Trains in Switzerland are VERY rarely more than 5 minutes late, so connections are usually guaranteed.
Though to ensure connections, trains can often spend up to 10 minutes waiting at stations and still depart on time.
International daytime trains to and from Switzerland also fit into this regular timetable, when travelling between destinations in Switzerland.
For example, some of the hourly trains between Basel and Interlaken are ICE trains, which have travelled from Germany, and not SBB’s regular IC trains.
SMTJ has produced a guide to travelling on the most beautiful routes in Switzerland which we have been lucky enough to experience.
So (spoiler alert) they are:
Though despite multiple Swiss rail adventures, ShowMeTheJourney has yet to experience all of the best routes that can be taken by train in Switzerland, so in time it's likely that this will eventually become a Top 20 list of the country's Most Beautiful Train Journeys.
From what can be seen on YouTube and Instagram it's highly likely that the Brienz Rothorn Bahn and the GornegratBahn will merit an inclusion - and the route between Geneva and Visp is also rather fabulous!
How to see the best of Switzerland by train:
Make your Swiss train travel dreams a reality
In Switzerland ticket inspections are carried out on the trains, so there is no need for stations to have barriers, or gate-lines.
As a result the stations are open to the surrounding streets with multiple access points, so you usually don't have to pass through station buildings in order to access the trains, or to transfer between buses and trains.
However, normally the short-cuts into the station can only be used if you already have a valid ticket.
If you need to buy a ticket look out for the ticket symbols on any signs that you see; the ticket desks and machines may not be in what looks like a main station building.
Often they're in the passage way beneath the tracks or are housed in the middle of a station.
Elevators and particularly escalators can be rare at Swiss stations - especially in the middle of the platform/track (gleis/voie).
Instead step free access is provided by slopes that connect the platform/track/gleis/voie to passage ways which are located beneath the railway tracks.
So if you have luggage etc there is always an alternative to using the stairs.
At most stations the platforms/tracks/gleis/voies are used by multiple train departures per hour.
So wait for your train where you can see the electronic displays which show the details of the next train to leave.
Also keep the departure time front of mind.
It's not unusual for SBB express trains to be timetabled so that they spend up to 10 mins at a station between arrival and departure.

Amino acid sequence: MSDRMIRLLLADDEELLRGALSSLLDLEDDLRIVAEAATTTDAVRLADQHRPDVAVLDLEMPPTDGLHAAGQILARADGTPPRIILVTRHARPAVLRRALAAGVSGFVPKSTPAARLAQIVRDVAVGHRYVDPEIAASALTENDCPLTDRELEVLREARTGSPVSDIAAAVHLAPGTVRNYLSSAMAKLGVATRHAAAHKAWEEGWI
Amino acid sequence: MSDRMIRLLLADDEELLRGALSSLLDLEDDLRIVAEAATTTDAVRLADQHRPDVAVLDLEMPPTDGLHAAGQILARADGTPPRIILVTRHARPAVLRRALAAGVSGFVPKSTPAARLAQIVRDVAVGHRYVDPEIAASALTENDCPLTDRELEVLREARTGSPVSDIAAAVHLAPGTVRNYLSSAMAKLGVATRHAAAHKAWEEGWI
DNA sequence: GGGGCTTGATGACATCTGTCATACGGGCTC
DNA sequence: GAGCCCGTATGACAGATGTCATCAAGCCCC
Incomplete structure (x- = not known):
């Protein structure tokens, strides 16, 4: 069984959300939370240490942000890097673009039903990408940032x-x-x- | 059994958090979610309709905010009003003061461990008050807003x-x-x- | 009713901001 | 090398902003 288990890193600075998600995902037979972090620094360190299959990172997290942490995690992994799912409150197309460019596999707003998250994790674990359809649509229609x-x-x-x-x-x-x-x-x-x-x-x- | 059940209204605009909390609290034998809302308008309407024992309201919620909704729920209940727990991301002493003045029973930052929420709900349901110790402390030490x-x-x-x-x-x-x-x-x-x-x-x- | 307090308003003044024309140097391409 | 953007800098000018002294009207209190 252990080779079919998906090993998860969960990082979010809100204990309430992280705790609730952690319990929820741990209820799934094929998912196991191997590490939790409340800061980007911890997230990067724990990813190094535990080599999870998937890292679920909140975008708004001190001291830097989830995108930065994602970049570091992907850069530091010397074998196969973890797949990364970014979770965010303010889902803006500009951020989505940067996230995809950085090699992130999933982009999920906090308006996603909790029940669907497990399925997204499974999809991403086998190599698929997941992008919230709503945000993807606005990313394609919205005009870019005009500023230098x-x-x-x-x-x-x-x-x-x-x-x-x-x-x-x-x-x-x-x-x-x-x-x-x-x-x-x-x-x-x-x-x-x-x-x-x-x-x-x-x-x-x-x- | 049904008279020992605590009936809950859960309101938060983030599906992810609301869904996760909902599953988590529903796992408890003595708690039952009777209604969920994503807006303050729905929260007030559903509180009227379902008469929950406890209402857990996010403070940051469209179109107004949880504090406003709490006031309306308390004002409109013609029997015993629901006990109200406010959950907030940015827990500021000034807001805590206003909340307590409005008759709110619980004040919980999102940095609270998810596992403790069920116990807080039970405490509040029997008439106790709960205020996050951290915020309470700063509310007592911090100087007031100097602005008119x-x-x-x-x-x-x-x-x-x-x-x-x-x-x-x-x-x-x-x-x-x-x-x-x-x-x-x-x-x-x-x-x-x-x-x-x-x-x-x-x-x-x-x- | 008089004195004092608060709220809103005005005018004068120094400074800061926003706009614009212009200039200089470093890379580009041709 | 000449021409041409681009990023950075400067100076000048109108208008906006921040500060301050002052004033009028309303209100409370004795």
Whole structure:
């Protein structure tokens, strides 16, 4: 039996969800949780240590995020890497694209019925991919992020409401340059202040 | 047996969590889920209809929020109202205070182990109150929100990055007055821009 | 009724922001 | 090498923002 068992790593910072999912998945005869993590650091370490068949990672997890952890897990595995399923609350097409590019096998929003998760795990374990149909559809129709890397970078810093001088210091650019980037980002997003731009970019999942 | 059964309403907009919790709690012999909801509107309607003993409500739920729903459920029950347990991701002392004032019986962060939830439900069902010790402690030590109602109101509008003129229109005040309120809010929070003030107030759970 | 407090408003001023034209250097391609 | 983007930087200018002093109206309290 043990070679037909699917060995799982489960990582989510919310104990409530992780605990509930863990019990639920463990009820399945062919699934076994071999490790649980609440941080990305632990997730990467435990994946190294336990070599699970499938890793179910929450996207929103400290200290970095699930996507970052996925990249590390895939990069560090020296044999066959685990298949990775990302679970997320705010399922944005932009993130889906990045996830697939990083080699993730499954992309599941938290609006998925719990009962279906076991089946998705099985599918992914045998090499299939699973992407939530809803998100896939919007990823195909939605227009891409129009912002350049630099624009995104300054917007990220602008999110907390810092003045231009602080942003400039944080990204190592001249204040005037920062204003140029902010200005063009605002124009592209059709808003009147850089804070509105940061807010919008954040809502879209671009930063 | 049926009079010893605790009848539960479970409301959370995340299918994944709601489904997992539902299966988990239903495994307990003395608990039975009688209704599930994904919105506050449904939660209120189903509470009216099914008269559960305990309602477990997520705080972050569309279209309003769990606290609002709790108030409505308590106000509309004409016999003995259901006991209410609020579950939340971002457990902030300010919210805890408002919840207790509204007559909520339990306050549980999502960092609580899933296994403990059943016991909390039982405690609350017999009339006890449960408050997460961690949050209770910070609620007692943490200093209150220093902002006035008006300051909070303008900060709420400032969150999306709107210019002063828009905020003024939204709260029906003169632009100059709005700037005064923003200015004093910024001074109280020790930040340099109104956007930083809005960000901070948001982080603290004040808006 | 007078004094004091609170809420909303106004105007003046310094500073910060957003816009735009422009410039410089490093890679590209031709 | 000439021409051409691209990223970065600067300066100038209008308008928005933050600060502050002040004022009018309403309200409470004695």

So you often don't have to rush and board by the first door you see; even though most people do.
But if you use the time to move further along the train you can have a greater chance of finding spare seats etc .
At Swiss stations the electronic departure screens, the paper timetable posters and the station announcements all normally DON'T include every station that a train will be calling at.
Sometimes only the next two or three stations that a train will be calling at are shown on the electronic indicators, along with the final destination of the train.
SBB also doesn’t use a system of train numbers on its information indicators or tickets, so being aware of the final destination of your train can help save time and confusion – hence we have striven to include it on our journey guides.
If you’re not sure what train you need to board check at the information desk or ticket office.
At the main stations there are electronic indicators on the platforms/tracks, which indicate in which zone of the platform the 1st class, 2nd class and restaurant car coaches will be located, when the train arrives.
They don't indicate in which zone a specific coach number will be located and they are also not particularly accurate - in our experience.
What they are particularly useful for is working out at which end of a train the 1st class coaches will be located.
If you will be changing trains at larger stations, seek out, what can be hard to find, paper departure posters that you can find on the platform.
They list all train departures in consecutive order so you can use then to check which platform/track/gleis/voie, your onward connection will be leaving from.
If you're in luck you'll be able to remain on the same platform you have just arrived at.
The larger stations will have coin and card operated left luggage lockers, which can be accessed at any time.
When depositing bags you must pay for an initial 24 hours - even if you will be only depositing a bag for a couple of hours.
Then on collection you pay the balance - the charge will rise per day, but keep in mind that you may have pay in excess of 20 francs in coins, though lockers which accept cards are now being installed.